Who is the Settler Family of the Grahamstown Settlers Monument?

I posted this picture of the Settlers Family statue in Makhanda / Grahamstown on my Encounter the Eastern Cape page on Facebook recently and Dave Bowker told me something I never knew. Firstly what I did know. The monument was designed by the sculptor Ivan Mitford-Barberton and erected in 1969, but this is what I didn't know. The three figures are Miles, Anne Maria and Elizabeth Bowker. Elizabeth married a Barber and was Ivan's grandmother. Although there was no photograph…

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Take Graaff-Reinet Anglo Boer War memorial

Graaff-Reinet isn't just the sixth oldest town in South Africa or the town with the most historical monuments in the country. The town and its district also have a rich history of Voortrekker history, Anglo-Boer War history and history connected to the freedom struggle. One of the monuments in town that not a lot of people get to see is the Anglo-Boer War Memorial on the corner of Donkin and Somerset Streets. It's a pity because it's actually a striking…

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An angel of victory and peace in Graaff-Reinet

When you drive up the main road through Graaff-Reinet the magnificent Dutch Reformed Church (Groot Kerk) awaits you at the top of the street. As you drive around the church you find the town's beautiful Town Hall hiding behind it and perched in the Mayor's Garden stands a statue of an angel holding a sword. Three months after the end of the First World War a decision was made to erect a monument in honour of the gallant Graaff-Reinet men…

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A French Huguenot memorial in the Karoo

When you think of the French Huguenots you automatically think of Franschhoek surrounded by mountains, greenery, and vineyards. And wine, let's not forget the wine. So try and imagine then a memorial to the French Huguenots in the Karoo Heartland town of Graaff-Reinet. On 31 December 1687 the first group of Huguenots set sail from France as part of a large-scale emigration of Huguenots to the Cape of Good Hope due to religious persecution. About 350 Huguenots eventually settled at…

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Remembering the Independence of Graaff-Reinet

Did you know that Graaff-Reinet declared independence from the Cape Colony at the end of the 1700s? Or that there is a monument commemorating this event in town? I knew about the shortlived independence but even though I have been to Graaff-Reinet many times before I didn't realise there was a monument to it. On my last trip I knew what to look for and finding it really was a facepalm moment. If it was a snake it would have…

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Looking north with the Andries Pretorius Monument

The Great Trek had a number of leaders that will always be remembered in the Afrikaner history of South Africa. In 1836 Dutch-speaking settlers started moving northeast into the interior of what is today known as South Africa away from the Cape Colony. They were traveling in wagon trains made up of ox wagons and horses seeking to live beyond the Cape's British colonial administration. One of those leaders was a man named Andries Pretorius from the Graaff-Reinet district. General…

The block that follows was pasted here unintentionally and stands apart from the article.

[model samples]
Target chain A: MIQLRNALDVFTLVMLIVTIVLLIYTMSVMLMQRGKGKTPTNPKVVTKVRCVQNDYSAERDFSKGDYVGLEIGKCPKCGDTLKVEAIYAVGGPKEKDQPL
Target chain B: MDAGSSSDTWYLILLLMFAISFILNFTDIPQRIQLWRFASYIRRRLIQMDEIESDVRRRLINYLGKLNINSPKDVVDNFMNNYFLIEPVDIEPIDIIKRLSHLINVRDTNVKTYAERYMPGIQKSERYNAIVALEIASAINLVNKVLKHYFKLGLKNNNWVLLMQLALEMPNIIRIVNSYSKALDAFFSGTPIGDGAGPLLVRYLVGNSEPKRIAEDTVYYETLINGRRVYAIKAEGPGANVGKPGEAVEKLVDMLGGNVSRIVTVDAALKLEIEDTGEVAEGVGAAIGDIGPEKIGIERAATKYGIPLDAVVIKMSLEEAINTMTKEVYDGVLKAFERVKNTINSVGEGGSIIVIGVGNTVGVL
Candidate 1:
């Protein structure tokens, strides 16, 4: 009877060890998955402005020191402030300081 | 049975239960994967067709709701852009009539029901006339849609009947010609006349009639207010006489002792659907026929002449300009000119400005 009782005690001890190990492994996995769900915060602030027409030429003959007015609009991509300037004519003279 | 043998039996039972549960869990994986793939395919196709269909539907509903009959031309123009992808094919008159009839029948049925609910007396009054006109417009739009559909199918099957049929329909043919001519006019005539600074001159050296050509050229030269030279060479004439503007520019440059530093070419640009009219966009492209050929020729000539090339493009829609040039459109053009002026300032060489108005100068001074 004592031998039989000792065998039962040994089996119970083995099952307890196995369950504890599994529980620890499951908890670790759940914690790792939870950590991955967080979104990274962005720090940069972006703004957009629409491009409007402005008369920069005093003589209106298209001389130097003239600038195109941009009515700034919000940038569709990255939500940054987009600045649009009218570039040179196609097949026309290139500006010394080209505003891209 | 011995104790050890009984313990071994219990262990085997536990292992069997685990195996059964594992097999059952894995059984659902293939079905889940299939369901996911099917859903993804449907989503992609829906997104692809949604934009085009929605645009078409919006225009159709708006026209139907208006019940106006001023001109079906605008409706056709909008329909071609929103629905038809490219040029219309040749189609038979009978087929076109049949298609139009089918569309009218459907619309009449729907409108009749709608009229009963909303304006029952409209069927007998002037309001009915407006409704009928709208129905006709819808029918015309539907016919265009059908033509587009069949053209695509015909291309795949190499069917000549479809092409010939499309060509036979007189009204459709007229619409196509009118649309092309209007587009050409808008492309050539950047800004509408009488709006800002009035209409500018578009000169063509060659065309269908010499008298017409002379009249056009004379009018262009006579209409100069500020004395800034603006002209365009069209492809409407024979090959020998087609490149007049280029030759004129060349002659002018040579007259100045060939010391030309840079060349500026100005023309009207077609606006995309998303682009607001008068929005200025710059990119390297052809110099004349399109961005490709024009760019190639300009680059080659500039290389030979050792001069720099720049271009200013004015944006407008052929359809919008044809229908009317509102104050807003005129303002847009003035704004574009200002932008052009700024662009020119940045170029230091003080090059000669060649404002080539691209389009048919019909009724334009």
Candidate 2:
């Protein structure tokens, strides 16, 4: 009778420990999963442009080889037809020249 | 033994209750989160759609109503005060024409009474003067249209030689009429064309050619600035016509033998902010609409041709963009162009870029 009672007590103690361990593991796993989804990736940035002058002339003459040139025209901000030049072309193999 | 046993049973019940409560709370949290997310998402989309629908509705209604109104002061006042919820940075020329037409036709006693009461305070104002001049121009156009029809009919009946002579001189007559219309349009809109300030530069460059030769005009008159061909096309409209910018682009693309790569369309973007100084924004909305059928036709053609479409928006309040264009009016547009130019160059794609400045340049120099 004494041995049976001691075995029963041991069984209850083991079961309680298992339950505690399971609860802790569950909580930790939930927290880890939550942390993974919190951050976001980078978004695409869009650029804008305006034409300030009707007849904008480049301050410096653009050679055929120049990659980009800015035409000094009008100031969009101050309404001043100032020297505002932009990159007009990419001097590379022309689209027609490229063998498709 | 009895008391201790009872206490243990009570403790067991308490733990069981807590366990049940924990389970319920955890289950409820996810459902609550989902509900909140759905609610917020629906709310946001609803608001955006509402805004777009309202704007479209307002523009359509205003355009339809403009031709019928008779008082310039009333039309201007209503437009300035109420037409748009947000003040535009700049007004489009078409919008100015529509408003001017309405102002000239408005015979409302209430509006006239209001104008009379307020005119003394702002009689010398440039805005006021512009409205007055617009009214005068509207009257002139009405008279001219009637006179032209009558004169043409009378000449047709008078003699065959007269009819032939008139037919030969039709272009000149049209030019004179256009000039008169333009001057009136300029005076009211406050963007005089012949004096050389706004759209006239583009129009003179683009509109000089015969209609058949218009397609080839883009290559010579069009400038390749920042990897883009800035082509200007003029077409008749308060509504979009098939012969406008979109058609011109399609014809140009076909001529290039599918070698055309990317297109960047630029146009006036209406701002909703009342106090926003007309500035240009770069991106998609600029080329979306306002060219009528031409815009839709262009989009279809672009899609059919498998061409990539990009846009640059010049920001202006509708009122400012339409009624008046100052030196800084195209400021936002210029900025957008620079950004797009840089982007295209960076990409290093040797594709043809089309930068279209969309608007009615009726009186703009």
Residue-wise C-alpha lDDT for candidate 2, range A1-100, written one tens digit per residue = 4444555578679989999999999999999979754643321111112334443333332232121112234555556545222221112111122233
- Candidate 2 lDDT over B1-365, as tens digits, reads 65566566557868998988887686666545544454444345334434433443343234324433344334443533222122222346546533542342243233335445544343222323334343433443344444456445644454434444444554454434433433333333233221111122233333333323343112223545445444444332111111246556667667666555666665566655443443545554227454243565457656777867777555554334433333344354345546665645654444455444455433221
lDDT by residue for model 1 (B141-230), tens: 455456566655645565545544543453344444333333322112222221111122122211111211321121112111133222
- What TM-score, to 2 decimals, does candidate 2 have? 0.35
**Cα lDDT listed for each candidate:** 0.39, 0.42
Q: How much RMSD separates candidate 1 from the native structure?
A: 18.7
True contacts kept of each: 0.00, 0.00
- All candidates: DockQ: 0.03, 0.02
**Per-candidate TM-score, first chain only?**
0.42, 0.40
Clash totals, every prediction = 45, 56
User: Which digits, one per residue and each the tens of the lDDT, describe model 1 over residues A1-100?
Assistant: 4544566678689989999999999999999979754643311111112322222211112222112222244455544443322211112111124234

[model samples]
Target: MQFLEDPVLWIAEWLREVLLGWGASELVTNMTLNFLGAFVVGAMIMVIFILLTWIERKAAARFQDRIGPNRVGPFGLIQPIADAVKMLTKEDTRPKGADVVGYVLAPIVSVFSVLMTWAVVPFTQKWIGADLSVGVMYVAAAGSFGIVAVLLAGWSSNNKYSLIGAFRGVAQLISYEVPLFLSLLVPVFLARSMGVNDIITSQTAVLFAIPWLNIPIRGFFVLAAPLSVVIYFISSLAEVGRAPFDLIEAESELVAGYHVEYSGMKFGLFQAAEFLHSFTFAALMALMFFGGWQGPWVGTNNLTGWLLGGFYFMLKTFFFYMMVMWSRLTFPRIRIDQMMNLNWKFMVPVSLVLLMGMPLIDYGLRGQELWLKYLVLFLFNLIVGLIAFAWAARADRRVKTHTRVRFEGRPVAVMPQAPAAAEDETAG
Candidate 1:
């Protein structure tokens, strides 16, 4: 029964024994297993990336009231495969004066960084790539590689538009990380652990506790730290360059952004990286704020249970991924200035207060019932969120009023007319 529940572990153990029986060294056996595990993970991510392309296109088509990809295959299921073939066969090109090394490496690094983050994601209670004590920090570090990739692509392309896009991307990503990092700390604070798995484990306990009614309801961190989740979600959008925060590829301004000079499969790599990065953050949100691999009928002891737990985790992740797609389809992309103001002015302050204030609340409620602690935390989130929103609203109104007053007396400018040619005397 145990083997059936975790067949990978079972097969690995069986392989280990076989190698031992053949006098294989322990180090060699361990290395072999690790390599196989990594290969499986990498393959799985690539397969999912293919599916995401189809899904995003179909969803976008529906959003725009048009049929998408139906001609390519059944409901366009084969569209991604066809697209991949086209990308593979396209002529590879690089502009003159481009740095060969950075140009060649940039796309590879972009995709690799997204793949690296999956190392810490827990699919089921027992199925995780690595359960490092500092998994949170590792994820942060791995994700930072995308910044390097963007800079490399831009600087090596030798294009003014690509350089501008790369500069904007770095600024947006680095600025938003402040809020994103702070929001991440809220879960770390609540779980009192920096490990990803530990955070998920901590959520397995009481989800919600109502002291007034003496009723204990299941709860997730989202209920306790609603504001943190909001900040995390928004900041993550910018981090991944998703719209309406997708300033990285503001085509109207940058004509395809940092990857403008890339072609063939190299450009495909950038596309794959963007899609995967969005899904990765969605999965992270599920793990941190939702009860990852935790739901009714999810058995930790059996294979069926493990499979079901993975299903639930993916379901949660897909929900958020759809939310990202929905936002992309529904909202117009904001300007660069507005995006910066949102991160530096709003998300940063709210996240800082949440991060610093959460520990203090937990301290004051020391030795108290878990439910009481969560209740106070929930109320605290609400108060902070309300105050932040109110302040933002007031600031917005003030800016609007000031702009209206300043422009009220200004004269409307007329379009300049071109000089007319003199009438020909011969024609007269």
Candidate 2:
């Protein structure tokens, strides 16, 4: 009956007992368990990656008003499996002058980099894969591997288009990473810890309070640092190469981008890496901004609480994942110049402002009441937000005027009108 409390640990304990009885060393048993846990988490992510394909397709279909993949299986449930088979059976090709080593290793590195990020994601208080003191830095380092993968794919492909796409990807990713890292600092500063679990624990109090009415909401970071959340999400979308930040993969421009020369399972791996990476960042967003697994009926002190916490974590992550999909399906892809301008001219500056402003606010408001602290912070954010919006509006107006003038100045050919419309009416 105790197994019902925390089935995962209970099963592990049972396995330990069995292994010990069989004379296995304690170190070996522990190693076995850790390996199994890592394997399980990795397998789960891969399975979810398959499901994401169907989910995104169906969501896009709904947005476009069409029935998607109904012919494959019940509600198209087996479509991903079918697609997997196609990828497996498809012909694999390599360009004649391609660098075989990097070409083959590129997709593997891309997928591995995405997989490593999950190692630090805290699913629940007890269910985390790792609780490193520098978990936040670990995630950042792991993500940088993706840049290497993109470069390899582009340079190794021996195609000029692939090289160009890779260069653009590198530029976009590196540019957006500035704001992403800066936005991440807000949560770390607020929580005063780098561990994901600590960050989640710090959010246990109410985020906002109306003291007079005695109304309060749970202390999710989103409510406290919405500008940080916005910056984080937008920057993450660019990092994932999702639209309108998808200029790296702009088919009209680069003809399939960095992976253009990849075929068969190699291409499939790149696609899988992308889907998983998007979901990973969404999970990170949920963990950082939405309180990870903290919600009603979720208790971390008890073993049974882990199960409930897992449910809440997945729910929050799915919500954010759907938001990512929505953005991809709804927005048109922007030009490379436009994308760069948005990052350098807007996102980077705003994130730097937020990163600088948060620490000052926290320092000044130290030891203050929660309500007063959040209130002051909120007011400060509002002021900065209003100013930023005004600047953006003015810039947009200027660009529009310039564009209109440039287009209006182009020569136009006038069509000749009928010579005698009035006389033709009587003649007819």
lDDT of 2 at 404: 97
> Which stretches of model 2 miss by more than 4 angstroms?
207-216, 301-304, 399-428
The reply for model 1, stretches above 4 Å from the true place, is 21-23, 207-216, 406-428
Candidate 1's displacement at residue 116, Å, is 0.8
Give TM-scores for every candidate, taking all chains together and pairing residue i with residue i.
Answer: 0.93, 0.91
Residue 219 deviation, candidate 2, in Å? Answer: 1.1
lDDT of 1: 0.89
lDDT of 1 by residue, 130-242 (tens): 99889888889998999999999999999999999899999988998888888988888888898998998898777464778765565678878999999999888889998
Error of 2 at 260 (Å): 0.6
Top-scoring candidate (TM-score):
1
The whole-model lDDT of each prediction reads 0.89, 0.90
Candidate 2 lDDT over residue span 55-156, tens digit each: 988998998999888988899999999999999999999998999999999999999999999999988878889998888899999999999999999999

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A whistlestop visit to Orania

I love exploring small towns. There's just something about them and the history you find there. But what if it's a small town that technically is new and without its own history yet still has a lot of history in it? Sounds confusing, doesn't it? There is one such place that has been on my bucket list radar for quite some time. The Afrikaner enclave of Orania. Partly to see what the town looks like for myself, partly to visit…

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The Roodewal historic site outside Cookhouse

Big monuments and historic buildings are easy to spot and often stand out. It's the ones that are often a bit obscured that very few people actually know about or get to visit. One such site is the Roodewal historic site next to the N10 near Cookhouse in the Eastern Cape. This site doesn't just have one, but three separate heritage-related items all linked to the same place. Roodewal Farm. I knew about one of them because there is a…

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Slagtersnek, reminders of a Boer rebellion in the Karoo Heartland

If you're driving along the N10 south of Cookhouse in the Eastern Cape and you keep your eyes open on the eastern side of the road, you'll spot a monument that remembers quite a significant piece of history linked to this district's early years. A sign on the gate identifies it as the Slagtersnek (or Slachtersnek) Monument, but what is Slagtersnek, what happened here and what led to it? Back in the early 1800s this area was the eastern border…

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A historic walk around Graaff-Reinet

History buffs totally love Graaff-Reinet, what with it being the oldest town in the Eastern Cape (fourth oldest in South Africa) with about 220 listed historical buildings.  Best of all, you can see just about all the best ones on a relatively short walk around town.  And obviously, that is what we did otherwise I wouldn't be writing about it.  We parked our car in front of the Graaff-Reinet Tourism office, grabbed a map from the friendly staff in the…

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